THIS MEANS WAR! The Nordic Walking Pole Has Landed

Have you or someone you love ever, for physical exercise, walked, jogged, run, or cycled down residential streets? If so, have you or your loved one ever been chased or even bitten by a dog of any variety or size? If yes, how frightened or angry were you/they? Was there retaliation (either immediate or delayed), or a burning desire to lash out; to get even?



If you said, “Yes” to more than a couple of these questions, I think that you or your loved one might very well find today’s post a particularly relevant, and perhaps entertaining read. So let’s have a peek into the regular workout world of an interesting character—an especially multi-faceted little man—and see how he handled his trial by fang.

NOTE: A CAUTION TO THE READER – The management wishes to make clear that although styled to look like a newswire press report, the reader is urged to observe the following: Look carefully at the three, not two letters of the wire service identifier at the top of the story, and at the ownership notice at the bottom of this piece). This post is not #FakeNews, but rather a fictional man on the news tale. So remember, #MoeNtale, NOT #FakeNews. You may now proceed to the biggest, baddest nasty little dog story ever told.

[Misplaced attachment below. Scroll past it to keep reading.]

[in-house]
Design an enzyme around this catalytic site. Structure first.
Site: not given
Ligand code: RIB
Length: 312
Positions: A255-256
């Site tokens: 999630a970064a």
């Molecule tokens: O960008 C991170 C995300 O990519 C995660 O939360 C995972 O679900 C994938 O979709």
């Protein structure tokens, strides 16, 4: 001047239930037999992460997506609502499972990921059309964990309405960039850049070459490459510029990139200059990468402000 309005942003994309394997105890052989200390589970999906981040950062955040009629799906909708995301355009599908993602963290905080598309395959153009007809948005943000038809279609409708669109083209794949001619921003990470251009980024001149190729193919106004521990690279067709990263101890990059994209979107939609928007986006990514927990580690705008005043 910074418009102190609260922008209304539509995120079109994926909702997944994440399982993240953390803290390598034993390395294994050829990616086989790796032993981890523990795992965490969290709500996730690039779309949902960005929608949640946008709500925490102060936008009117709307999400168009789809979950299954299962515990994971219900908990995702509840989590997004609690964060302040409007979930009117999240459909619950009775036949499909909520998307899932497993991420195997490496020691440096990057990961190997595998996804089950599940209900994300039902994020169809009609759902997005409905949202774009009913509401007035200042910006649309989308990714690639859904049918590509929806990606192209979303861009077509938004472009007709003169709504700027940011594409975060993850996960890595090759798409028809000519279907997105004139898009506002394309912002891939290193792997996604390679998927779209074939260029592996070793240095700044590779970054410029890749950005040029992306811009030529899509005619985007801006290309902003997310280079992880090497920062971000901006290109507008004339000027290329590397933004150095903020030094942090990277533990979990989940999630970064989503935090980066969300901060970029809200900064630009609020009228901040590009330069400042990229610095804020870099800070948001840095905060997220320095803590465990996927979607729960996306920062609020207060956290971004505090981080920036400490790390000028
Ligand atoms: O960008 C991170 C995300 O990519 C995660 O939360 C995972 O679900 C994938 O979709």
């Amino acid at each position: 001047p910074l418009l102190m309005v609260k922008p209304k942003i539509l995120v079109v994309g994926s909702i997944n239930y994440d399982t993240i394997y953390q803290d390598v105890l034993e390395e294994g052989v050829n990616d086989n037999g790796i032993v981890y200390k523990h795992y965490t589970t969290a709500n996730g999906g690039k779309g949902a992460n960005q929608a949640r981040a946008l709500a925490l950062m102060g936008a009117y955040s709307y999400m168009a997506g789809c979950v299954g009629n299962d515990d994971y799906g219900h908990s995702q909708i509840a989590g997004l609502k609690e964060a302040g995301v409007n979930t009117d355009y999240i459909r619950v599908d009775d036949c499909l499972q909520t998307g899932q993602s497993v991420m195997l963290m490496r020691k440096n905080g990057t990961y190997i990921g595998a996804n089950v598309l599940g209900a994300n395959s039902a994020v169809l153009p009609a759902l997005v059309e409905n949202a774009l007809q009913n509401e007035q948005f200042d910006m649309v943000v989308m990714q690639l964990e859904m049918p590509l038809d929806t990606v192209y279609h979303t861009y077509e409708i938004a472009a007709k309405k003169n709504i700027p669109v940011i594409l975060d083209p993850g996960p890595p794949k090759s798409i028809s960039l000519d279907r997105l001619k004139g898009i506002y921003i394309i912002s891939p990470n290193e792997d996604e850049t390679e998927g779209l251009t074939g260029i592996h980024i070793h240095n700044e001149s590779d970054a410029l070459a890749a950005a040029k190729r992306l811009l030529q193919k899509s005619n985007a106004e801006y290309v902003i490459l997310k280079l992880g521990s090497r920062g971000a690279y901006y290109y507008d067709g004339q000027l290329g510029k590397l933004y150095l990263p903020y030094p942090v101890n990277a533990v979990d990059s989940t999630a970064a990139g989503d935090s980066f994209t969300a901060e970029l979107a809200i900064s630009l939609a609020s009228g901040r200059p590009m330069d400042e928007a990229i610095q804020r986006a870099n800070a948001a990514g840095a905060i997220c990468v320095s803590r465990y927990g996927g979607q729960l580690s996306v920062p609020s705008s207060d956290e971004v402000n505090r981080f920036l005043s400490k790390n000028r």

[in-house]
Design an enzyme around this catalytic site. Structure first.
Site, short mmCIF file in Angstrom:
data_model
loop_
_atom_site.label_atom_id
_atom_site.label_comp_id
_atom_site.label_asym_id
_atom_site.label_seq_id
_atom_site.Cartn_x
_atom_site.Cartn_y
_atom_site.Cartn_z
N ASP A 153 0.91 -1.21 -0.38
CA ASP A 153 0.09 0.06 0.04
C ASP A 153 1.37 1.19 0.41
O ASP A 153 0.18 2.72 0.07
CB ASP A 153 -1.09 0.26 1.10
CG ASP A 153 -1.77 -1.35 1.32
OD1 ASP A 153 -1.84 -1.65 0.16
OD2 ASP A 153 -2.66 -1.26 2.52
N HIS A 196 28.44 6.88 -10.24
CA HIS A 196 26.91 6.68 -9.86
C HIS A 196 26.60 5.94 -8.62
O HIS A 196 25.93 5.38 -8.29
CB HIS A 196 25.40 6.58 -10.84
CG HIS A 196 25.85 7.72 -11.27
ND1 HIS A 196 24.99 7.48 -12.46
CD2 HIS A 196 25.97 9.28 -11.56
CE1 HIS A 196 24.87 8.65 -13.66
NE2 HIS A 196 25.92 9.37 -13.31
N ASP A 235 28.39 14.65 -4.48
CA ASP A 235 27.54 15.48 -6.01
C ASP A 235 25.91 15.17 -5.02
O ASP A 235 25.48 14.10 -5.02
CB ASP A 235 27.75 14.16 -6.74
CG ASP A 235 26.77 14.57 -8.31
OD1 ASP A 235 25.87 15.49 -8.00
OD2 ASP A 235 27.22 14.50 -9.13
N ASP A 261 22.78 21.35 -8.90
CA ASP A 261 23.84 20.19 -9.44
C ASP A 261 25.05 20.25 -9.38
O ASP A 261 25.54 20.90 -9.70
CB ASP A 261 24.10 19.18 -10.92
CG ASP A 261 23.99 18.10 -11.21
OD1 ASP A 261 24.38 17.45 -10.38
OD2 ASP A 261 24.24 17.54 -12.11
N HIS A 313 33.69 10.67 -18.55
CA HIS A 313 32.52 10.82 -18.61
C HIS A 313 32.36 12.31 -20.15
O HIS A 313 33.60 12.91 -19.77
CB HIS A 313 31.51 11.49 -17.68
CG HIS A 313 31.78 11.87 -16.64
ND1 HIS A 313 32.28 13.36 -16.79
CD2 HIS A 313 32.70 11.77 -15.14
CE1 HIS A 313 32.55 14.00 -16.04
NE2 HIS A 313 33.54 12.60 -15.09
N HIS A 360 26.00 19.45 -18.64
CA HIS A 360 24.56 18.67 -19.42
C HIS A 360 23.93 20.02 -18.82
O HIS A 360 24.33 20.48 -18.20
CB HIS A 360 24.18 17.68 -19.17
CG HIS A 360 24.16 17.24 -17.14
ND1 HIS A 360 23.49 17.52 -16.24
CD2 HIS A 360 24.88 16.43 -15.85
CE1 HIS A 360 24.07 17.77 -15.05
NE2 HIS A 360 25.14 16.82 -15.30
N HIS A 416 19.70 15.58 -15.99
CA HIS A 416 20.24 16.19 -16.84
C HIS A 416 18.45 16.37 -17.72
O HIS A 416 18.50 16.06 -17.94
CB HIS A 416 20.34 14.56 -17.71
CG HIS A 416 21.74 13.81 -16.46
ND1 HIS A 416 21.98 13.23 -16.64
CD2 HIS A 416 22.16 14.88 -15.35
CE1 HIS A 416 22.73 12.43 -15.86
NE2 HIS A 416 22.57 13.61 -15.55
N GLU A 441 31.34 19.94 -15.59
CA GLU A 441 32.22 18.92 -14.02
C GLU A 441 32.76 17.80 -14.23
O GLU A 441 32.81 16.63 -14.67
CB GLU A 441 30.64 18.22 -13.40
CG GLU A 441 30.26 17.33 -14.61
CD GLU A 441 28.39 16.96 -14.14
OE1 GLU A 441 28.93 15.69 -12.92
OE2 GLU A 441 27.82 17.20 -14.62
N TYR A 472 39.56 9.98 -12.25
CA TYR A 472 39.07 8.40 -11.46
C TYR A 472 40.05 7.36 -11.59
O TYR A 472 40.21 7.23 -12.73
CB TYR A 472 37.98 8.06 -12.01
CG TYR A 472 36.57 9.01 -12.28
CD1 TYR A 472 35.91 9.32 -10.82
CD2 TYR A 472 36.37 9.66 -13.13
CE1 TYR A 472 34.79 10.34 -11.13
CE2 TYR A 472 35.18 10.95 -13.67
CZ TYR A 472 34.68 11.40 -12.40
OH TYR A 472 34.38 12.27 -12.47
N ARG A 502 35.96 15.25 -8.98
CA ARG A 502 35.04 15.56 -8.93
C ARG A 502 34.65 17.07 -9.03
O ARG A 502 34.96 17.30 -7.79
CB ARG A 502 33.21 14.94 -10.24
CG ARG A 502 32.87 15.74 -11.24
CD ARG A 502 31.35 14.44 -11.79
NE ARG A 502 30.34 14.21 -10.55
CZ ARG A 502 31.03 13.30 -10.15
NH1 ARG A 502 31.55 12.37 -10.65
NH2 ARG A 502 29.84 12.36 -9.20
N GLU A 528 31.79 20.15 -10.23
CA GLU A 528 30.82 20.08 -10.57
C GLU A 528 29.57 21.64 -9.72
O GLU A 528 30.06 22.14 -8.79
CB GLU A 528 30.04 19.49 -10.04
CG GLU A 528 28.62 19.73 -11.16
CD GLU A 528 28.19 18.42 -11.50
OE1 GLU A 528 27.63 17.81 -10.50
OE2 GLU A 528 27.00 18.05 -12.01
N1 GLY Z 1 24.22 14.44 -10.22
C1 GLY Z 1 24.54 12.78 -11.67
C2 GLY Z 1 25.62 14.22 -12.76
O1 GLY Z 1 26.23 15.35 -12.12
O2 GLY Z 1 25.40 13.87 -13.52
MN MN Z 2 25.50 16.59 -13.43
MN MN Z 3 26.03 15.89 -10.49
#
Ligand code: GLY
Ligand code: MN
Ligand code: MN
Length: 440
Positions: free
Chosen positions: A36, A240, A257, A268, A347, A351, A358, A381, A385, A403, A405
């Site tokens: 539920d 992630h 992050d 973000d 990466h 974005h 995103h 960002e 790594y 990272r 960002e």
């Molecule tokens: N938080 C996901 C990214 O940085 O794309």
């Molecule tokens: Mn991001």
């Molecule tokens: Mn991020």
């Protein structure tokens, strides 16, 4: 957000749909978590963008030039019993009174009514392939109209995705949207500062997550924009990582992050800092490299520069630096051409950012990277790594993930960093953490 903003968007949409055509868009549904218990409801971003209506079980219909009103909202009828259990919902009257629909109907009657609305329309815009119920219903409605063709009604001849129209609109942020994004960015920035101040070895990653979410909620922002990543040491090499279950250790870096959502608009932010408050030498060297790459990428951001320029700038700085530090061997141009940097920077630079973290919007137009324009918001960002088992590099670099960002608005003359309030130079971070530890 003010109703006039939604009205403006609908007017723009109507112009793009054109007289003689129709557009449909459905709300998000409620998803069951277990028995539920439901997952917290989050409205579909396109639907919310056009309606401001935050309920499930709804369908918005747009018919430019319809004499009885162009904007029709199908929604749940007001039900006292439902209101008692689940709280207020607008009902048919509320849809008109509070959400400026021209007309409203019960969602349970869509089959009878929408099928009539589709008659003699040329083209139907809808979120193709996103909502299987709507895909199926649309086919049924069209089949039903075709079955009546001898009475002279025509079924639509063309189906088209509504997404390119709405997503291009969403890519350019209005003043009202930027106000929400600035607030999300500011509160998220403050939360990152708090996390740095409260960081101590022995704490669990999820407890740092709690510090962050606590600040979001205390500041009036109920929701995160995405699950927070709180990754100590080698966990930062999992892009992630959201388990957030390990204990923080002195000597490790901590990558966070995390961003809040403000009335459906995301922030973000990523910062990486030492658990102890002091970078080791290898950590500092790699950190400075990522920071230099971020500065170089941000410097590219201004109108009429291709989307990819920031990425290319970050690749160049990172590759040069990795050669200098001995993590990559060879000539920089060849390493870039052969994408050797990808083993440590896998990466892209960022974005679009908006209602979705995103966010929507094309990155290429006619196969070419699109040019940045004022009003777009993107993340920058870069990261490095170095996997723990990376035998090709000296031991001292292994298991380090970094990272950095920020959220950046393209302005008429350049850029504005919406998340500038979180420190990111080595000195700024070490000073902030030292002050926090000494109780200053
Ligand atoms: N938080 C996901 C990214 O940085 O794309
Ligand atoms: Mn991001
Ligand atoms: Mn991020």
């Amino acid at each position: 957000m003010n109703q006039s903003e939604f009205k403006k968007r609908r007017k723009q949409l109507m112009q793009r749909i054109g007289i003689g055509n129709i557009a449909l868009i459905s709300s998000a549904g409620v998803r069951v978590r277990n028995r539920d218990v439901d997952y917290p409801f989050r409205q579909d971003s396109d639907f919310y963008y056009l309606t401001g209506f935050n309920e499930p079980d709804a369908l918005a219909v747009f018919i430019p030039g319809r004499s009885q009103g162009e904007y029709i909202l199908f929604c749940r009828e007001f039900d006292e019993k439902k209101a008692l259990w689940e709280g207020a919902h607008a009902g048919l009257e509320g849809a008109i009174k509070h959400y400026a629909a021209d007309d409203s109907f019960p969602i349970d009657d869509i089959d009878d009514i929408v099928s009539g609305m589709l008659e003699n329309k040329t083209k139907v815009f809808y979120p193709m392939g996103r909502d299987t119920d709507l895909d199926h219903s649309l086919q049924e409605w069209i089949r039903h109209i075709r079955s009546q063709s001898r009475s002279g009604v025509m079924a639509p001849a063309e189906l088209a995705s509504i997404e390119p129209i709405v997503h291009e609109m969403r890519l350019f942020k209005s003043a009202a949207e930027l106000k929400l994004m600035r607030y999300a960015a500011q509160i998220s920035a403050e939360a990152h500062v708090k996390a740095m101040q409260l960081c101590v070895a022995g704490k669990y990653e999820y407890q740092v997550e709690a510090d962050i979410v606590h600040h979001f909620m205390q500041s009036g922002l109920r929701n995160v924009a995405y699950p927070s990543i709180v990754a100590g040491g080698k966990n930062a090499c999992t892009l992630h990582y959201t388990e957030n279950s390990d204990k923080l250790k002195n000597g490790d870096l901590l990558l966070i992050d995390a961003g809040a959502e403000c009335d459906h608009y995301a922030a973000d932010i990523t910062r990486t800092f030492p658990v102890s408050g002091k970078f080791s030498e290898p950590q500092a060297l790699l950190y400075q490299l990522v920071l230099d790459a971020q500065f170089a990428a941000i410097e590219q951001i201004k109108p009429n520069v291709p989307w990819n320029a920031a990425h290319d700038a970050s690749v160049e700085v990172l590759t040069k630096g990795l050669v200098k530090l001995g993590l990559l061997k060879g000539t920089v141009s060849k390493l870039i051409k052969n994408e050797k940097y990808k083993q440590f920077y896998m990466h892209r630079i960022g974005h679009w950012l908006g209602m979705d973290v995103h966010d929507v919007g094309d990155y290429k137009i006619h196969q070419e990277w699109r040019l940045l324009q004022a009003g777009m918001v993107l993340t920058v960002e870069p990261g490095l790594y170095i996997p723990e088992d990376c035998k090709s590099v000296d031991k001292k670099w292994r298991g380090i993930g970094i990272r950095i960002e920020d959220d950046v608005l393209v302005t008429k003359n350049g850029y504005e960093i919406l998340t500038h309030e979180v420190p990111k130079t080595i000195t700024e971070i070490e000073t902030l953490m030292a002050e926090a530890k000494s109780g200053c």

Nordic Walking Poles Leaning Against Pine TreeRED BAY, ALABAMA (ABP) – When local resident Moe Noodleman, age 63, went out for his aerobic walk one evening this week he didn’t know that this would be “the day.” When this retired shepherd and pulpwood truck driver—and also an ongoing visiting lecturer and Adjunct Professor of Anthropology at Brown University—moved to his “dream retirement community” here in mid-2003 from his native Rhode Island, a very different sort of work challenge awaited him. But before we get to “the day” that I mentioned at the top, we have to rewind the calendar about a year and a couple of months so that the big day’s significance will make sense when we get there.